Scientists, Unplugged

Feeling inferior is common among religionists. When cultures list their brightest and best, scientists often top the list and those who specialize in religion are nowhere to be found. This situation gives the lie to the fact that many scientists think about, and are influenced by, religion. That became clear to me in reading Stefan Klein’s We Are All Stardust. Not Klein’s best-known book, this is a collection of interviews with well-known scientists, unplugged. There are many big names in here, such as Richard Dawkins and Jane Goodall, as well as some less familiar on a household level. Klein, himself a Ph.D.-holder in physics, asks them somewhat unconventional questions, with the goal of bringing a more human face to scientists.

When asked directly, scientists admit to thinking quite a bit about religion. Of those interviewed, several are hostile to it while others accept some tenets of one faith system or another. Most of them indicate that either religion or morality plays an important role in society, if not in science itself. The sad part is almost none of them seem to realize that the study of religion can be (and among the university-trained, generally is) scientific. In academia, religious studies is often vaguely tossed in with the humanities, while others would suggest it fits under social sciences—as a sub-discipline of anthropology, for example. Few understand the field, in part because many specialists enter it for initially religious reasons, somehow tainting it.

While I enjoyed the book quite a lot—it was a quick read with plenty of profound ideas—it also had a disturbing undercurrent. The explanation that many of the interviewees gave for why they went into science was “curiosity.” The implication was that those who can’t stop asking questions, and have intelligence, go into science. Again, this feature is true of most academic fields, if they’re understood. Greatly tempted to go into science myself, I simply didn’t have the mathematical faculties to do it. While I took advanced math in high school I wouldn’t have gotten through without my younger brother explaining everything to me. My real concerns lay along the line of ultimates. Learning about Hell at a young age, it made the most sense to me—very curious and scientifically inclined—to avoid going there. To do so, the proper target of my science should be religion. While many scientists in We Are All Stardust are friendly to philosophy, religion is considered a far less worthy subject by not a few. True, religion often behaves badly in public. It doesn’t bring the money into universities that megachurches reap. But unplugged even scientists still think about it.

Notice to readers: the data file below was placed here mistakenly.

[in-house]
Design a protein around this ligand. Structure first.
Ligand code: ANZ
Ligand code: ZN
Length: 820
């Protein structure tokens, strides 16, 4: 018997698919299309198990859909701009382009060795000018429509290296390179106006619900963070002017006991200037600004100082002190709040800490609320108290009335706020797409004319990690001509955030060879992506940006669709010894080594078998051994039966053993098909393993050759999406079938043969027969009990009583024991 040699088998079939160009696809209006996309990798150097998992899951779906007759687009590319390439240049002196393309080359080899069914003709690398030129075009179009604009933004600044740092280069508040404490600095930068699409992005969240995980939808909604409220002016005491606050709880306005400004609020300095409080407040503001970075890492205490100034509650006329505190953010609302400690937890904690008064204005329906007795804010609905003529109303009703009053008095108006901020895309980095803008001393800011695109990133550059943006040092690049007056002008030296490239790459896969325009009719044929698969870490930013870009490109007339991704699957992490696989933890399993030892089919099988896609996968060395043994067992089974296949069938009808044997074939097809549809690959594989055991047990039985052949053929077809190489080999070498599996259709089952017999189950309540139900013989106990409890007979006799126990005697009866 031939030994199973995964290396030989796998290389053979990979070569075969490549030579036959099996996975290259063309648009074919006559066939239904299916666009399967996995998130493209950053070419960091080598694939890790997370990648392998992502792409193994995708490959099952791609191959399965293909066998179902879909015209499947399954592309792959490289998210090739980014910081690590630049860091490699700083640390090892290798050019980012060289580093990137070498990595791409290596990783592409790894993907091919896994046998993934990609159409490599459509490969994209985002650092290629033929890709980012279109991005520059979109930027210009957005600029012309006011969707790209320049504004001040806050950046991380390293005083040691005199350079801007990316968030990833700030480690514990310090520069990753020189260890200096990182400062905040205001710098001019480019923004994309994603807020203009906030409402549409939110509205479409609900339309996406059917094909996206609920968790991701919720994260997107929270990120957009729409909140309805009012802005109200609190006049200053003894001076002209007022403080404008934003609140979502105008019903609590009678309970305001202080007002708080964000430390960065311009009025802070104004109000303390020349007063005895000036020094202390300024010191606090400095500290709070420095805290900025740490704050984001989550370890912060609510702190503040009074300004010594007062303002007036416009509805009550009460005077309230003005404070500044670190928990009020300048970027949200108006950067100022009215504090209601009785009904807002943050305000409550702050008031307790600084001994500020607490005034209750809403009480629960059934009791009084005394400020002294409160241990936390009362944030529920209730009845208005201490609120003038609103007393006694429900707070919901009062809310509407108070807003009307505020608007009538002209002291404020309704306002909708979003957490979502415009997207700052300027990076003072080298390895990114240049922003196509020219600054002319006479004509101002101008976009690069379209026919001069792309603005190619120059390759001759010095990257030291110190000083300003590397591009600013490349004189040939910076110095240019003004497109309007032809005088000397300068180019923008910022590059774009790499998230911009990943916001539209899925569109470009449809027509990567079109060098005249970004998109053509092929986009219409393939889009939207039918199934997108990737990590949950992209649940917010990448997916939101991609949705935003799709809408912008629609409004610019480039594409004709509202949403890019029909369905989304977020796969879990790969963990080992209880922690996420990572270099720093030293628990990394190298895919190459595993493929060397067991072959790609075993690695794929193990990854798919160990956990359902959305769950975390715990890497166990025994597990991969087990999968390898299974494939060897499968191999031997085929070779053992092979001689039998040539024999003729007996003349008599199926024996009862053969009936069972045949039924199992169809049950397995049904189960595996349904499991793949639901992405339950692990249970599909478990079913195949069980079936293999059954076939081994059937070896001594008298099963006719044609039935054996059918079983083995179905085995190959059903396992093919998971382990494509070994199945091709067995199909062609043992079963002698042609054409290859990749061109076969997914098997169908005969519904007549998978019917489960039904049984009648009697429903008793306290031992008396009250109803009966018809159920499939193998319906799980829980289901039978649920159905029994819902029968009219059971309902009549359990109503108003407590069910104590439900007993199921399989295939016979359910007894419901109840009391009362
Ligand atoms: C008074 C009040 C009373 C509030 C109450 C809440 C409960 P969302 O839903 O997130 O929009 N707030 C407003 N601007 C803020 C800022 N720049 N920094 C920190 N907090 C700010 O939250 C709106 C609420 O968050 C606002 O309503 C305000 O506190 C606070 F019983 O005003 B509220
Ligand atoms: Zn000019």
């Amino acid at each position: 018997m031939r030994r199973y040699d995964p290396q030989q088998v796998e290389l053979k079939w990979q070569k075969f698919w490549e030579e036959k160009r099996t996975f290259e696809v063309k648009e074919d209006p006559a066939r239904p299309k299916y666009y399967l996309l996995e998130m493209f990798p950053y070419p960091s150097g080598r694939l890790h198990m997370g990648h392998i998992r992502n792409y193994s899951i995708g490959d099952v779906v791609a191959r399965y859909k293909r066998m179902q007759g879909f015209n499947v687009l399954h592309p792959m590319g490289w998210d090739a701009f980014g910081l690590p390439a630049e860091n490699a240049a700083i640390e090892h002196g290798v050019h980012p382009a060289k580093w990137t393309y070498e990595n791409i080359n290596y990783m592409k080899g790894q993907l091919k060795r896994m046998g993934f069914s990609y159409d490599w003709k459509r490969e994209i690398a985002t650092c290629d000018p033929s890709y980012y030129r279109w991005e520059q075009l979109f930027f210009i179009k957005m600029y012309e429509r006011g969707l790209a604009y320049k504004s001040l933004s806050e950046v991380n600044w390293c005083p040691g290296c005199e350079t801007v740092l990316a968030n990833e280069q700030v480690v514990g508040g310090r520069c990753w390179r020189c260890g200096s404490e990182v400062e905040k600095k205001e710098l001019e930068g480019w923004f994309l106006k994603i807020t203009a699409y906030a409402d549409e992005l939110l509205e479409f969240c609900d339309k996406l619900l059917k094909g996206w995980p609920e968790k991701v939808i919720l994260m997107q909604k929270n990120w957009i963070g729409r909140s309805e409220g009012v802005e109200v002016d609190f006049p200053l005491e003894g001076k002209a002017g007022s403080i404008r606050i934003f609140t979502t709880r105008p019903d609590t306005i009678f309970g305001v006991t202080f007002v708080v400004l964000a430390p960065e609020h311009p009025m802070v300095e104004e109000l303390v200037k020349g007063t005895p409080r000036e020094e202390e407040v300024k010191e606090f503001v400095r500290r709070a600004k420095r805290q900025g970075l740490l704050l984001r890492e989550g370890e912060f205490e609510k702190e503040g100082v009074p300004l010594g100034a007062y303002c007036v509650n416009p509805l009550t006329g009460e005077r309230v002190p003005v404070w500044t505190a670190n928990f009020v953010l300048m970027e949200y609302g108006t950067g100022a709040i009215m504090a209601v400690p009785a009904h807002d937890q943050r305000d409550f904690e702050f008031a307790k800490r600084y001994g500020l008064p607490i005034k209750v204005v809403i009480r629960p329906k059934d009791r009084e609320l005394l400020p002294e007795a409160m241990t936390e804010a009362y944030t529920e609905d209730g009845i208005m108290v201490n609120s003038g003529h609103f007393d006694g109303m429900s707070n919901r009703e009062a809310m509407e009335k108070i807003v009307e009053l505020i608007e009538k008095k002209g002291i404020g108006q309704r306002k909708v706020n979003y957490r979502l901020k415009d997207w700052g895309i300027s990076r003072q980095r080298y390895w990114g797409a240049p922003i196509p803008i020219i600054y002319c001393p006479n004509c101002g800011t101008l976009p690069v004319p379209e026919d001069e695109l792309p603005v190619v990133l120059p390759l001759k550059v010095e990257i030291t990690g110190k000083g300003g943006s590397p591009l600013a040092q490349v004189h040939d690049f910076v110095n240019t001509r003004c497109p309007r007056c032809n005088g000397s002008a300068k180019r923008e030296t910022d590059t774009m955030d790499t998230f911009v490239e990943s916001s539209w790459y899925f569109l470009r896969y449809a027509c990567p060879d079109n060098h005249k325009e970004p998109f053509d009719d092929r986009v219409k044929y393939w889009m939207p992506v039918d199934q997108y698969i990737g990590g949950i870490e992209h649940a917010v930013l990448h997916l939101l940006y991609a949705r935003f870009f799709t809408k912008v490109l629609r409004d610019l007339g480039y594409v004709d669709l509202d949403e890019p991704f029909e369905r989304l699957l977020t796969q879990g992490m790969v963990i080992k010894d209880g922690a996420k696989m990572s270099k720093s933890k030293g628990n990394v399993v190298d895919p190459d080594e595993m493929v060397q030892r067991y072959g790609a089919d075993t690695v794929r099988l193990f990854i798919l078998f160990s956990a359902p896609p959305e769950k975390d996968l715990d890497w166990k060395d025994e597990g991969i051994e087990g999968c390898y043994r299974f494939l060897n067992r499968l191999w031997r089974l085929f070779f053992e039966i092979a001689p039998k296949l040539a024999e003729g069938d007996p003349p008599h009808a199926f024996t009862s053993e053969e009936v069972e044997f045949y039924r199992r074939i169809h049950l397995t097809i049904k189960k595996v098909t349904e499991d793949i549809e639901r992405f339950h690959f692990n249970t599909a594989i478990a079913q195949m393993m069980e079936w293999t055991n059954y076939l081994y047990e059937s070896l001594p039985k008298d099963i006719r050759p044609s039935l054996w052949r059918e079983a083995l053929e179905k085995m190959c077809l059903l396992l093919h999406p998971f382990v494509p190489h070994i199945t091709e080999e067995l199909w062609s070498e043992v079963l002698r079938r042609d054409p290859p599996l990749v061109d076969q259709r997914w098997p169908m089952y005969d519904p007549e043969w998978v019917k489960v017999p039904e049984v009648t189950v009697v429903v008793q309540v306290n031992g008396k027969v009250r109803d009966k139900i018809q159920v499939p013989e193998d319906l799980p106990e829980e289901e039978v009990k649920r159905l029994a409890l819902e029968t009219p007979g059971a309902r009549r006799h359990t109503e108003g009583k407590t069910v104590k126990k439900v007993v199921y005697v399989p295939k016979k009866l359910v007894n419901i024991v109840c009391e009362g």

3 responses to “Scientists, Unplugged

  1. Ignorance of religion scholars’ use of the scientific method is probably present in most laypeople, not just scientists. Bart Ehrman detailing the scientific rigor of seminary-grade Biblical scholarship was certainly a revelation to me. I don’t think many of the Christians around me know that their pastor is likely fully trained in the historical-critical method and could tell them a thing or two about inconsistencies or redactorship or other fascinating topics.


  2. Your post though reminded me of a line of reasoning I was pursuing the other day. I was thinking about Dr Danah Boyd, e.g., whose research suggests that, contrary to a lot of people’s hopes, education in media literacy and critical thinking does not—cannot even—serve as some kind of antidote to consumption of conspiracy theories or fake news (I loved her “A Few Responses to Criticism of My SXSW-Edu Keynote on Media Literacy” article).

    I was glad her research corroborated something I’ve come to believe, and maybe can run by you: authorship and stewardship of fake news, conspiracy theories, millenarian religions, when not purely commercial, all seem to suggest people today are regaining the democracy that was inherent in (folk) religions before modernity. I mean, since the beginnings of our species (and likely before it), anyone could make new gods or new ways to worship them: you didn’t need permission to engage in such priestly/prophetic activity (even though universal religions like Christianity and Islam certainly tried, and largely failed, to quell the steady stream of “heretical” movements), and this could often grant the priest/priestess some power over friends and family who came to appreciate their way of doing things.

    Today, though, you have to be credentialed to contribute to our collective narrative of the natural world (I love Stephen Asma who said, “As a prescientific way of thinking, folk religion is not opposed to science but rather is a primordial version of it”). You need postdoc training and grants and microscopes and statistical tests of significance, which is a big difference from how it’s been for most of human existence. And it’s not surprising that many are tired of this brave new world, and thanks to the internet, can once again participate in priestly/prophetic activity—creating and spreading new gods, conspiracy theories, fake news. People want to live in a world populated with elves, faeries, trolls, demons, reptile men, secret societies, flat earths—people want to be free to create and innovate new beliefs, and now they can.

    So to me it’s clear that the fake news horse is out of the stable (in fact, it was in the stable only for a brief period, bullied in by Enlightenment ideals). Scientists should relish this time that they’ve held monopoly over the natural order, and we should all expect more state-grade fake news on the order of Lysenkoism, Trump-era climate denial, and the like. Religion is back and kicking.


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